The 22-story Saint Paul Place at 750 N. Saint Paul St. underwent a multimillion-dollar renovation last year as part of Goddard's value-add plan before it moved to the sales market. As is so common these days, the re-groomed class A office building has been de-listed until the market calms down.

Goddard didn't respond by deadline to comment on the decision which, in turn, triggered a competition for the leasing assignment. The decision's now in: Peloton Real Estate Partners has wrestled the lease from Grubb & Ellis Co., which also didn't respond by deadline to comment on the assignment loss.

Peloton partner Joel Pustmueller and vice president Grant Sumner are in charge of the lease-up strategy. "It's our job to create that market awareness for the brokerage community to really understand how this building's been repositioned," Pustmueller says.

Pustmueller tells that Grubb & Ellis has inked "three or four" deals for new tenants in the past month and deals pending for full-floor leases as does Peloton, which came to the table with a two-floor lease in tow. He says the building's stabilization point is 85% to 90% occupancy. "We're hoping we can be there in 12 months," he says.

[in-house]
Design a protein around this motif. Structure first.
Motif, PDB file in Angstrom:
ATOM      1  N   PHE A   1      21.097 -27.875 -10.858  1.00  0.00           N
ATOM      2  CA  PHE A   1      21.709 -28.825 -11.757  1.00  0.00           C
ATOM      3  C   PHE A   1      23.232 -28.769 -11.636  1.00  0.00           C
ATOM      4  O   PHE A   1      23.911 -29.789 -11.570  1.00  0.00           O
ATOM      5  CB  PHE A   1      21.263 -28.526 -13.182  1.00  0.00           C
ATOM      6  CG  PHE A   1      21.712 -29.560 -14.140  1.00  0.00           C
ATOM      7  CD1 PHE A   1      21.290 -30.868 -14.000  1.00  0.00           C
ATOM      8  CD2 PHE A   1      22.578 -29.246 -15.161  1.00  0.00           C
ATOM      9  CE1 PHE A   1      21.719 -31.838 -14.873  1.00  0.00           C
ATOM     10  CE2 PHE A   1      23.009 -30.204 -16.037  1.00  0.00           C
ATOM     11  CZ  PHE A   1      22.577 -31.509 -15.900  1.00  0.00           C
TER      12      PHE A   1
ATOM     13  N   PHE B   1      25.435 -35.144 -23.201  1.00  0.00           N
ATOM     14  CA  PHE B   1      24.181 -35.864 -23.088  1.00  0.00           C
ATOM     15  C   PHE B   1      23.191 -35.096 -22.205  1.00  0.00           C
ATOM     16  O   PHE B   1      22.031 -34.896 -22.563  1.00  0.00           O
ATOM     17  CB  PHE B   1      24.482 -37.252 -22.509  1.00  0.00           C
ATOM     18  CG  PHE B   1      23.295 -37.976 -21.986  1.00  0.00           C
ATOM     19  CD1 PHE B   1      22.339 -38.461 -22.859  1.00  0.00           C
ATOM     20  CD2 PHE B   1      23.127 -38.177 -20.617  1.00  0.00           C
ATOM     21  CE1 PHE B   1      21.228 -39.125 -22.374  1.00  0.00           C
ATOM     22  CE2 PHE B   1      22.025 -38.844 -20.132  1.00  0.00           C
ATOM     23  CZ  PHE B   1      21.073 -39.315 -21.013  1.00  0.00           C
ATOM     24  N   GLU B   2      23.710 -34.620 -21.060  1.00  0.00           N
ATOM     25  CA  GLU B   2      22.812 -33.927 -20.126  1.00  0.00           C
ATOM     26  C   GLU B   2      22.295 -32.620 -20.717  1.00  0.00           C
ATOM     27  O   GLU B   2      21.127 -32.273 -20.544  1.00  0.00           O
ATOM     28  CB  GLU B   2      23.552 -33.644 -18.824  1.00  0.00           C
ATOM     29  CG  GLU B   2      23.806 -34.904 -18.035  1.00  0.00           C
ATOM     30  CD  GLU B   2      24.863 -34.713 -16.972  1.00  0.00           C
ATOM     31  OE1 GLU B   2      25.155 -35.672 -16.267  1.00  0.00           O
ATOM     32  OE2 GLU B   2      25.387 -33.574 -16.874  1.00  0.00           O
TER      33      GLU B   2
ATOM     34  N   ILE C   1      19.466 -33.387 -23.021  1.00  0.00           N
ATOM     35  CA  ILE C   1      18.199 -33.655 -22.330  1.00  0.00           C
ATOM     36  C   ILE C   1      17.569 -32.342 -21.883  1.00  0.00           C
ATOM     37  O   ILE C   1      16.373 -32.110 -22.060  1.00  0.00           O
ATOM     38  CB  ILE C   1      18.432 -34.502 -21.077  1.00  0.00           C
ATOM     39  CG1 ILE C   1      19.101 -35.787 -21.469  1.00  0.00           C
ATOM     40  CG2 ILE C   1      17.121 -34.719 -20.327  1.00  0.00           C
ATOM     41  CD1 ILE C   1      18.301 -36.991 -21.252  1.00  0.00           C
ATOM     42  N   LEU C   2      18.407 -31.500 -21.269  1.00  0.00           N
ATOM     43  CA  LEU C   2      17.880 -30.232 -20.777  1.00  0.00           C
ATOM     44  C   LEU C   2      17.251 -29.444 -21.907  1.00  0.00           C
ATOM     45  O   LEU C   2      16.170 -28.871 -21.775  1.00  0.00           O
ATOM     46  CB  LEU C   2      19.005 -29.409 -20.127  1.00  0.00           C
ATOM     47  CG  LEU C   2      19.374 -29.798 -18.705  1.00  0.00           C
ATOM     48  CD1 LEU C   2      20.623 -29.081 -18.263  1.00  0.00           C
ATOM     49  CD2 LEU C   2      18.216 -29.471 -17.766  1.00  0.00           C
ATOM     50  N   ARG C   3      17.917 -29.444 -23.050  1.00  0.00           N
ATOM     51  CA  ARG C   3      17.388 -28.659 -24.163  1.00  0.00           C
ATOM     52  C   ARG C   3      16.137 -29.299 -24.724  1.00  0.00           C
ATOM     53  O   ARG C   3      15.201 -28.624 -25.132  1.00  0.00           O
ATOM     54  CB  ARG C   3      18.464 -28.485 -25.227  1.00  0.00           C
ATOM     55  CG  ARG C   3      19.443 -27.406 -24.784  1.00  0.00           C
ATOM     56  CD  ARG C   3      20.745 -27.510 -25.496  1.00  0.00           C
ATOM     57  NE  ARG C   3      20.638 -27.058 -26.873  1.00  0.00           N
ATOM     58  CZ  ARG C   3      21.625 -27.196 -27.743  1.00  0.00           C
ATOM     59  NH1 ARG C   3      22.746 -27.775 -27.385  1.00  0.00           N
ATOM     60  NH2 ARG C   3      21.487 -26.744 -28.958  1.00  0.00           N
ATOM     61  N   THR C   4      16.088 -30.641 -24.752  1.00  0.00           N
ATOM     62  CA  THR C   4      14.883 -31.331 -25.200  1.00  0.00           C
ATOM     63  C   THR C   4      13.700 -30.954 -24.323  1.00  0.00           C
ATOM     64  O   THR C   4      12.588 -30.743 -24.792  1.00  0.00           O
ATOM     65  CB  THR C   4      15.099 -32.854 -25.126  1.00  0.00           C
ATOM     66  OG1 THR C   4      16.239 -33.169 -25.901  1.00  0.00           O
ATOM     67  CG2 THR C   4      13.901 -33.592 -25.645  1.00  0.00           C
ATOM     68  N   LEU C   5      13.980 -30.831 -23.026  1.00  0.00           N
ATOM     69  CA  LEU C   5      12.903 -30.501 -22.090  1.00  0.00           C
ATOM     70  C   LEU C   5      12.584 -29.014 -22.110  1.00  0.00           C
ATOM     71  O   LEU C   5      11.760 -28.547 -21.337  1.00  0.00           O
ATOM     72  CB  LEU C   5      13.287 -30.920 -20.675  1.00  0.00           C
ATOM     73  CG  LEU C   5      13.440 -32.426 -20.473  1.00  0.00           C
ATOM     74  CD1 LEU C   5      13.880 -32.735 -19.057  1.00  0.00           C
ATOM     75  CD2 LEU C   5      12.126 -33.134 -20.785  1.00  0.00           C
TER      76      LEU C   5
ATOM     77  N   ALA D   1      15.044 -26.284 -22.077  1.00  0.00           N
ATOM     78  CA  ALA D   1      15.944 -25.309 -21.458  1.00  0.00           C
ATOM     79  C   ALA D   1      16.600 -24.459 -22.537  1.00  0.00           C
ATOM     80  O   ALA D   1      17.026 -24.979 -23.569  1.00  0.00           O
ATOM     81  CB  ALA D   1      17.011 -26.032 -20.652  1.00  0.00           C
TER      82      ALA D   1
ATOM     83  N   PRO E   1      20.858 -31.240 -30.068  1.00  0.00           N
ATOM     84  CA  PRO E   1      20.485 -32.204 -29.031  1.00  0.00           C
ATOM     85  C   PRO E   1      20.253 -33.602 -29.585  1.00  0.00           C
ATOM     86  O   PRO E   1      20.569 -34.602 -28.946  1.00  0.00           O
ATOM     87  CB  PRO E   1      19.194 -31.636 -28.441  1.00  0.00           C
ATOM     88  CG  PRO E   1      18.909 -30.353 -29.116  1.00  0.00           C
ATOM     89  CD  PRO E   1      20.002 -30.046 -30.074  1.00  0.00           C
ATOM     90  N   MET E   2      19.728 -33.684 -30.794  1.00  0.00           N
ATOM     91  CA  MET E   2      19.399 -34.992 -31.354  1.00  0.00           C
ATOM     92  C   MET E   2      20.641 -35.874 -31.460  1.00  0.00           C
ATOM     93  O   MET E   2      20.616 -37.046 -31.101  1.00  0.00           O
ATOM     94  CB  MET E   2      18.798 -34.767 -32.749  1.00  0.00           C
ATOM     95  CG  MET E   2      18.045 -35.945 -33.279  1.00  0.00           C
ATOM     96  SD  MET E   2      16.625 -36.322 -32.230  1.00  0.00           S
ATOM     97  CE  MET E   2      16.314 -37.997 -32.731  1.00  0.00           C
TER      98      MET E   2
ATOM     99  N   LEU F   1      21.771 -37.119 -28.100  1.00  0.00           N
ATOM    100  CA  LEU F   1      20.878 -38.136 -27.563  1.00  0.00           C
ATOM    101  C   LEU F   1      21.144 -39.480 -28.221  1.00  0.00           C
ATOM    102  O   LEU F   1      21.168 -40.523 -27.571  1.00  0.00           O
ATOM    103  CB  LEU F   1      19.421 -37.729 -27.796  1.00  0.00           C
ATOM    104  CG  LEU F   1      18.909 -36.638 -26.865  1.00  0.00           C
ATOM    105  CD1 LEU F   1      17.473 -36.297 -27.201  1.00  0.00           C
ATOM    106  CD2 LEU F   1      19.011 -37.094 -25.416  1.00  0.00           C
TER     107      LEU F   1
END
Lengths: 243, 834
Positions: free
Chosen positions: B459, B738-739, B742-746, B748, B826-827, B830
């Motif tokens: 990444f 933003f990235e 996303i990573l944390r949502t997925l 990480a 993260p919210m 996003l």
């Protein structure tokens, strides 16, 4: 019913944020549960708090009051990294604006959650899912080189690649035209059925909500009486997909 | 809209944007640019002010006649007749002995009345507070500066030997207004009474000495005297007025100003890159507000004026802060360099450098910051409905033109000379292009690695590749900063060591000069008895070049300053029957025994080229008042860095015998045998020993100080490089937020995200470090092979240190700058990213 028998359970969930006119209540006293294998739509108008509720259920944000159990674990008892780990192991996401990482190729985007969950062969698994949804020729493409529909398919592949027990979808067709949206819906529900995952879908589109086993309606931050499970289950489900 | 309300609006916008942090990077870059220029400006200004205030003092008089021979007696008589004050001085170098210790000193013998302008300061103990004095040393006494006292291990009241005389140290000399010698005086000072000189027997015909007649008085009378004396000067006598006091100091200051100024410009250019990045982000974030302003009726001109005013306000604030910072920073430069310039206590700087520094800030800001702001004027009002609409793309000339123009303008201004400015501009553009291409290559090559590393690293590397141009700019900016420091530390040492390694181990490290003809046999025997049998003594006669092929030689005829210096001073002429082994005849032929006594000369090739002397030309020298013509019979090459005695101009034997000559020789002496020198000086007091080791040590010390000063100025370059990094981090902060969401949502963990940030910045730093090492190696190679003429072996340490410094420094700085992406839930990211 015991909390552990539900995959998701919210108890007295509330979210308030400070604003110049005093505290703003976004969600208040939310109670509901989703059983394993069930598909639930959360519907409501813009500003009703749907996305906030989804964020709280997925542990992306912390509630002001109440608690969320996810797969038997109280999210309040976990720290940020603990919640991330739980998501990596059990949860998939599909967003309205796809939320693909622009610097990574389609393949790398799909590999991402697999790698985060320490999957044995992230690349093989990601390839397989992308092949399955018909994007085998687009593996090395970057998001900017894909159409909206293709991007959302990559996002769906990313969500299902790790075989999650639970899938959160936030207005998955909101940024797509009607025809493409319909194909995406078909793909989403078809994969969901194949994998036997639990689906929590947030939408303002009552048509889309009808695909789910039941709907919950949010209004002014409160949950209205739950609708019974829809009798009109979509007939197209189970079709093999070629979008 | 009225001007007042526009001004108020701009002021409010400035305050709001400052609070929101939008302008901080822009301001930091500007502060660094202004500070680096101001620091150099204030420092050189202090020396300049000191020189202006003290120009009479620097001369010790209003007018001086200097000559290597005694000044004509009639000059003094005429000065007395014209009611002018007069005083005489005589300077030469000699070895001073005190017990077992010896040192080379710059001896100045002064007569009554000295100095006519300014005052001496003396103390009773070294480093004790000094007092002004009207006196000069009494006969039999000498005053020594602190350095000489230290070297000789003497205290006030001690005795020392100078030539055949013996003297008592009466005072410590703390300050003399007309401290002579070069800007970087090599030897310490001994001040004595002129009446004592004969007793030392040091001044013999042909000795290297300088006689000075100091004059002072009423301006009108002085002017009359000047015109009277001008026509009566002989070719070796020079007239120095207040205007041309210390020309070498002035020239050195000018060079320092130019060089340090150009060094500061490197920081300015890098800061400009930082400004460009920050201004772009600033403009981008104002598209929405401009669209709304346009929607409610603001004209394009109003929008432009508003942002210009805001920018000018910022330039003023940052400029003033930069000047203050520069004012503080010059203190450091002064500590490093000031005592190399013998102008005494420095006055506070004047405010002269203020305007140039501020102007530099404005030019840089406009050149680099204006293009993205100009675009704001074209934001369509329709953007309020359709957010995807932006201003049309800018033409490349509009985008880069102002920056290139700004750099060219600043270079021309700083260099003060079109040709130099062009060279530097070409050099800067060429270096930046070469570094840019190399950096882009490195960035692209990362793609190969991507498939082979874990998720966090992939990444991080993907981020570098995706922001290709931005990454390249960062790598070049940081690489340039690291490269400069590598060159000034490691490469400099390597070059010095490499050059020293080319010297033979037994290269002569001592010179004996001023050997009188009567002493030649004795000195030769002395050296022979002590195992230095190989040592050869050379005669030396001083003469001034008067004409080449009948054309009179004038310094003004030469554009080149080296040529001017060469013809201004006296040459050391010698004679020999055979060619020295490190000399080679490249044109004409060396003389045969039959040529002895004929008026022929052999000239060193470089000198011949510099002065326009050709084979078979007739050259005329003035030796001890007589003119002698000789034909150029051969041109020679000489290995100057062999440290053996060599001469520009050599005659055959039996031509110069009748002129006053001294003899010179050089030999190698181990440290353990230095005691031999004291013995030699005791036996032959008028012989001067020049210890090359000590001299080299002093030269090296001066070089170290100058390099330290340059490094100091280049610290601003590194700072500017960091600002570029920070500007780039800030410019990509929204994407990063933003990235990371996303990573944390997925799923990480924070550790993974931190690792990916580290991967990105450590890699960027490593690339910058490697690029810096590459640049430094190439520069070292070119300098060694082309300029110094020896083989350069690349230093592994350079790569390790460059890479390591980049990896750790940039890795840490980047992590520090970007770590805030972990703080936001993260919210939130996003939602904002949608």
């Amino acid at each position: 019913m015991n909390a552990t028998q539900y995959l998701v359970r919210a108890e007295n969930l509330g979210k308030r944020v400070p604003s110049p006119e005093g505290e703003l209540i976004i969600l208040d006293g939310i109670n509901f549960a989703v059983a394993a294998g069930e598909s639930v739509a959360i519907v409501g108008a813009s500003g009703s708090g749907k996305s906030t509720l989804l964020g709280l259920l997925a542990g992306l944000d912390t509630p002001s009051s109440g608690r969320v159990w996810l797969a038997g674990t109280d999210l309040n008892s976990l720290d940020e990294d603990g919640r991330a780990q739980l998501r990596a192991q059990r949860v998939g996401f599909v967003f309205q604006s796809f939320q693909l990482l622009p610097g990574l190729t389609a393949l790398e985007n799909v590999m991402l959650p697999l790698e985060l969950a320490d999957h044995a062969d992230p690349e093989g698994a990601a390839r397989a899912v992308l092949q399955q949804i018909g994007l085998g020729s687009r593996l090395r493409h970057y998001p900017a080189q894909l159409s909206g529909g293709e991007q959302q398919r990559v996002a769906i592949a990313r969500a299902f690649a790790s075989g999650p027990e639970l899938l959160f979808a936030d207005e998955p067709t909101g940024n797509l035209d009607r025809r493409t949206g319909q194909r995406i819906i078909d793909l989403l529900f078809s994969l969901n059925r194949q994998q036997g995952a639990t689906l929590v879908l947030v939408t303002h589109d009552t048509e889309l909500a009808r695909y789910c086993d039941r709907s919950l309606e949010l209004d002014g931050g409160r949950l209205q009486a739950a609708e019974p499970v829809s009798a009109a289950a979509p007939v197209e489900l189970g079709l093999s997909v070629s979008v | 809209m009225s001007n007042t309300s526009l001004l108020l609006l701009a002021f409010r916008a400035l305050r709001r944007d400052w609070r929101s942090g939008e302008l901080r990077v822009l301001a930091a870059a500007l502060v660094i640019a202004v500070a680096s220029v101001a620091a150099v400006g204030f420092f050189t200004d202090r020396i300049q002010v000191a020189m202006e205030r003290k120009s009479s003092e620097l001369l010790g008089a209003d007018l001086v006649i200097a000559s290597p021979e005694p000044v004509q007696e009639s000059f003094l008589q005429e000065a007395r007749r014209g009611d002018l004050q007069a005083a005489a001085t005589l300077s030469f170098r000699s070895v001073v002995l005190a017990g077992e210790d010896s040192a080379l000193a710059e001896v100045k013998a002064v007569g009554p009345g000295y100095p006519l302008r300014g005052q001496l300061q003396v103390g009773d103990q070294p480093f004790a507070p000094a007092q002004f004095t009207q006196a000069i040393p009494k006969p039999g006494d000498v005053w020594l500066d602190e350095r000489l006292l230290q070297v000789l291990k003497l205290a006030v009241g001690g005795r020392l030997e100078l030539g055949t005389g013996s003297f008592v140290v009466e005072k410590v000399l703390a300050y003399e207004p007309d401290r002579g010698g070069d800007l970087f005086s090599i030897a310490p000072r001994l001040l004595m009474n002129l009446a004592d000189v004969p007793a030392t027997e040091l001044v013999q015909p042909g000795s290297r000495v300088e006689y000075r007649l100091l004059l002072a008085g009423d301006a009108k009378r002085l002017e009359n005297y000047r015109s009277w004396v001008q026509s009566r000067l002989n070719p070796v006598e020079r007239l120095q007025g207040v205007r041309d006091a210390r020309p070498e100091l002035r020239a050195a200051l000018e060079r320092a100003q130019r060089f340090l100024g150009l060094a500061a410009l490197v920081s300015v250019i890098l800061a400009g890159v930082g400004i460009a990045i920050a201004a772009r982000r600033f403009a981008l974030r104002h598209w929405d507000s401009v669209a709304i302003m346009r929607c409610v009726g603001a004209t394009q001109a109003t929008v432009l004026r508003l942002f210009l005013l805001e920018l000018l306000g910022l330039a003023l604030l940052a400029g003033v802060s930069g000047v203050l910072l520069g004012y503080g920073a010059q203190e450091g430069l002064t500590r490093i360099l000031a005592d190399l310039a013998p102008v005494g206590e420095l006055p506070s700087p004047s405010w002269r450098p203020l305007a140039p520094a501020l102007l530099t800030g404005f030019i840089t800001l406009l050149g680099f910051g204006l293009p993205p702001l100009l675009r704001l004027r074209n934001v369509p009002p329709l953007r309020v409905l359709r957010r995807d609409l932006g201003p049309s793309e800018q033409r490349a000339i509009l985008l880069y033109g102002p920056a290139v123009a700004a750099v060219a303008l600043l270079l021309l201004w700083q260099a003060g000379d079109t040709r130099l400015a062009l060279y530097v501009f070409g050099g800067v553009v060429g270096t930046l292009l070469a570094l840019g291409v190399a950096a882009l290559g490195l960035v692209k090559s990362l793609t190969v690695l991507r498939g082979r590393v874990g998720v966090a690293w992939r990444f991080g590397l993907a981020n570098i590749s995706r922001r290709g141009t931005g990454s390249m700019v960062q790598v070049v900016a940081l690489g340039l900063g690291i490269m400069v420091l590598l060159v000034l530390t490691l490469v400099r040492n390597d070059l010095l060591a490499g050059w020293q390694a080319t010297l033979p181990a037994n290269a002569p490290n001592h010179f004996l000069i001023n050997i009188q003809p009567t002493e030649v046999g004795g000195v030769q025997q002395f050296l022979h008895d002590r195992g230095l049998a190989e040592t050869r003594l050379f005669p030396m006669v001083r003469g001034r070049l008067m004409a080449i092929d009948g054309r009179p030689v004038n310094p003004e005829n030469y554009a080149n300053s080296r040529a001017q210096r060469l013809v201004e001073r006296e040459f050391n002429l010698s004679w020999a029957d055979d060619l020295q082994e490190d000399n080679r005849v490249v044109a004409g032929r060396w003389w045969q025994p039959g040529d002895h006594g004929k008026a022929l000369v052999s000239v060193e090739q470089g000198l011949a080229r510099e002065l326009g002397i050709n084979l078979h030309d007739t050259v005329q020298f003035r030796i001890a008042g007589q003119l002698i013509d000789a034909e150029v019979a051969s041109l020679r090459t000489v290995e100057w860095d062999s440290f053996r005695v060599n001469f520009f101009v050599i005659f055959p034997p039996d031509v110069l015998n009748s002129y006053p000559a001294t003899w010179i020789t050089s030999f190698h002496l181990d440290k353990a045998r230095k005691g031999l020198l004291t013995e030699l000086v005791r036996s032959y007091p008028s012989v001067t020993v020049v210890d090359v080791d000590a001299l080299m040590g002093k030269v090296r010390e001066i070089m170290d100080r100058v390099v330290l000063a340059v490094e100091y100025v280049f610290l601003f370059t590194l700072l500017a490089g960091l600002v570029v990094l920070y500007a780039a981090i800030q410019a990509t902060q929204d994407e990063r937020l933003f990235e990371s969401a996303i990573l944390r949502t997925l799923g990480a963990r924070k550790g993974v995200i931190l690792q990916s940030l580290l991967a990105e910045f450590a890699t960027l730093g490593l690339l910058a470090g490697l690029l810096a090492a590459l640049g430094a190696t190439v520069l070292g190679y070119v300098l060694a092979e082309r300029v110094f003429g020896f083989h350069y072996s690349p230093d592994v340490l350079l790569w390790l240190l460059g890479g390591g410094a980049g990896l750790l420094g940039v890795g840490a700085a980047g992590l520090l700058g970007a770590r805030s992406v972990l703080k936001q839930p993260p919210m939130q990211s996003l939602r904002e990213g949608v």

Saint Paul Place's largest contiguous block is 50,000 sf on floors seven to 10. Also up for grabs are the penthouse floor and the one right below. Pustmueller says the upper bank block could be expanded by shuffling tenants.

Pustmueller points out that the class A office building, with 13,500-sf floor plates, has strong appeal for boutique law firms, some of which moved to Uptown and are now eyeing Downtown space once again. The attitude change is due largely in part to the difference in lease rates: $21 per sf plus electric at Saint Paul Place versus $30 per sf or more for Uptown space. At the other end of the spectrum, he says class B tenants also are eyeing the space. And the retooled interior, including Saint Paul Place Café, has added to the appeal factor, he says.